[JURIST] Australia confirmed Monday that it will accept three Cuban asylum seekers currently held at the Guantanamo Bay [JURIST news archive] Migrations Operation Center. The center, utilized [CIP report] by the US military after the recent Haitian earthquake [JURIST news archive] to house mainly Haitian asylum seekers, is not affiliated with the US detention center at Guantanamo Bay. Upon the announcement, Australian Minister for Immigration and Citizenship, Chris Evans [official profile], denied [Australian report] any connection between Australia's acceptance of the Cuban asylum seekers and US acceptance of Tamil [JURIST news archive] asylum seekers intercepted by the Australian Customs Service [official website] in October and denied [press release] entrance into Australia. All 78 asylum seekers aboard an Australian Customs Service vessel have been declared refugees [Radio Australia report] by the UN High Commissioner on Refugees (UNHRC) [official website]. The Australian government has been actively seeking resettlement [ABC report] of the refugees in countries other than Australia.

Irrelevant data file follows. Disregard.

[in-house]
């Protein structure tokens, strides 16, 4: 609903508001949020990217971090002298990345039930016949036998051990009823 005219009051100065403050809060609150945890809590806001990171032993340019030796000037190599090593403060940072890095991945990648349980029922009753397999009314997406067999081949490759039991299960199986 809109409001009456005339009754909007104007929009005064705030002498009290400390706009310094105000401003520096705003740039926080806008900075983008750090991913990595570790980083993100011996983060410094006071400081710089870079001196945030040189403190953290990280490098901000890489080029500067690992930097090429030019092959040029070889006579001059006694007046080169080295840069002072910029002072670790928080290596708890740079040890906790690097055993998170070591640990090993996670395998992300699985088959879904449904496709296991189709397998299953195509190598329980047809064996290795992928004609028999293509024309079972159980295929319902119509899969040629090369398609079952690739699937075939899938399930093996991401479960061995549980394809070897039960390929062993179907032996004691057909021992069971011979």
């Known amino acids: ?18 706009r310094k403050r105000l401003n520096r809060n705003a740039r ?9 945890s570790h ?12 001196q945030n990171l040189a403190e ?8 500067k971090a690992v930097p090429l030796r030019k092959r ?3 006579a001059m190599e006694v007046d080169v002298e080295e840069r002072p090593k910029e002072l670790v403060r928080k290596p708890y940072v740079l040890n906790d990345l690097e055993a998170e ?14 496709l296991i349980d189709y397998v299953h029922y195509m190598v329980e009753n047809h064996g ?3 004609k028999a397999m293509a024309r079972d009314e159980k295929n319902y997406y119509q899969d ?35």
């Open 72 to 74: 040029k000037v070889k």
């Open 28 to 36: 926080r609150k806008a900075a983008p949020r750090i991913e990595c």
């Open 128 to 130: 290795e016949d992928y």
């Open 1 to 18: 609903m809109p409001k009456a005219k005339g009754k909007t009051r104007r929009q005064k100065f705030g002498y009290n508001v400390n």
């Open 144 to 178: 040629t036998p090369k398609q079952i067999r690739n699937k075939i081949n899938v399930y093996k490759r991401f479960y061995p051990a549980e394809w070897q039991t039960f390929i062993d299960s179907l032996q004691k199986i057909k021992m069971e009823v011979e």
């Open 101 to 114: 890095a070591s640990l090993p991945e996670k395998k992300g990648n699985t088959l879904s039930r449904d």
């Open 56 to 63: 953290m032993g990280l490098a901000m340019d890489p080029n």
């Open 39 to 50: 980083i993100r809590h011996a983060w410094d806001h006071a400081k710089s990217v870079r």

Australia has been criticized for its Immigration Detention Policy [HREOC backgrounder], which requires any non-citizen seeking entrance into Australia to be detained. In 2006, the High Court of Australia [official website] held [JURIST report] that a "holder of a temporary protection visa is not entitled to further protection in Australia if they are no longer in danger in the country from which they fled" and that the person may not remain a refugee. The UNHCR criticized [JURIST report] Australia for its strict policy of detaining illegal immigrants, refugees and asylum seekers. A representative of the UNHCR said that detention of asylum seekers and refugees is inherently undesirable and should only be used while authorities checked identities, where travel and identification papers had been lost or destroyed, or to protect public security.